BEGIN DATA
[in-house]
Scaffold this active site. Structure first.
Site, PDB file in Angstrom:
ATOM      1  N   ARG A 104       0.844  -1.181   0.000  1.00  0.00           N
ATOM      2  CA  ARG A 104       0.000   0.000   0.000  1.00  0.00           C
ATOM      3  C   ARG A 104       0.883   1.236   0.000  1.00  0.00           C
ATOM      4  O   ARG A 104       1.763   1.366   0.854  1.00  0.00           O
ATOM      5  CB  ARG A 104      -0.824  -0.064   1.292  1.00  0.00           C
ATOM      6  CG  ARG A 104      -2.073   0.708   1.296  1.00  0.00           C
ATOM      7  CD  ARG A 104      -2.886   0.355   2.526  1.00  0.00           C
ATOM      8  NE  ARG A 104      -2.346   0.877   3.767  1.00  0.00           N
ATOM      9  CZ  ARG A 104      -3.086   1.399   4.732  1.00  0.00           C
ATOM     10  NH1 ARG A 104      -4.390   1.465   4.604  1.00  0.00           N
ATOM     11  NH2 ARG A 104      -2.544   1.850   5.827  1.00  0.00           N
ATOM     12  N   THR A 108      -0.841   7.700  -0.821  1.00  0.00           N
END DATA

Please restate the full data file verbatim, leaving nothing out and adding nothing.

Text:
[in-house]
Scaffold this active site. Structure first.
Site, PDB file in Angstrom:
ATOM      1  N   ARG A 104       0.844  -1.181   0.000  1.00  0.00           N
ATOM      2  CA  ARG A 104       0.000   0.000   0.000  1.00  0.00           C
ATOM      3  C   ARG A 104       0.883   1.236   0.000  1.00  0.00           C
ATOM      4  O   ARG A 104       1.763   1.366   0.854  1.00  0.00           O
ATOM      5  CB  ARG A 104      -0.824  -0.064   1.292  1.00  0.00           C
ATOM      6  CG  ARG A 104      -2.073   0.708   1.296  1.00  0.00           C
ATOM      7  CD  ARG A 104      -2.886   0.355   2.526  1.00  0.00           C
ATOM      8  NE  ARG A 104      -2.346   0.877   3.767  1.00  0.00           N
ATOM      9  CZ  ARG A 104      -3.086   1.399   4.732  1.00  0.00           C
ATOM     10  NH1 ARG A 104      -4.390   1.465   4.604  1.00  0.00           N
ATOM     11  NH2 ARG A 104      -2.544   1.850   5.827  1.00  0.00           N
ATOM     12  N   THR A 108      -0.841   7.700  -0.821  1.00  0.00           N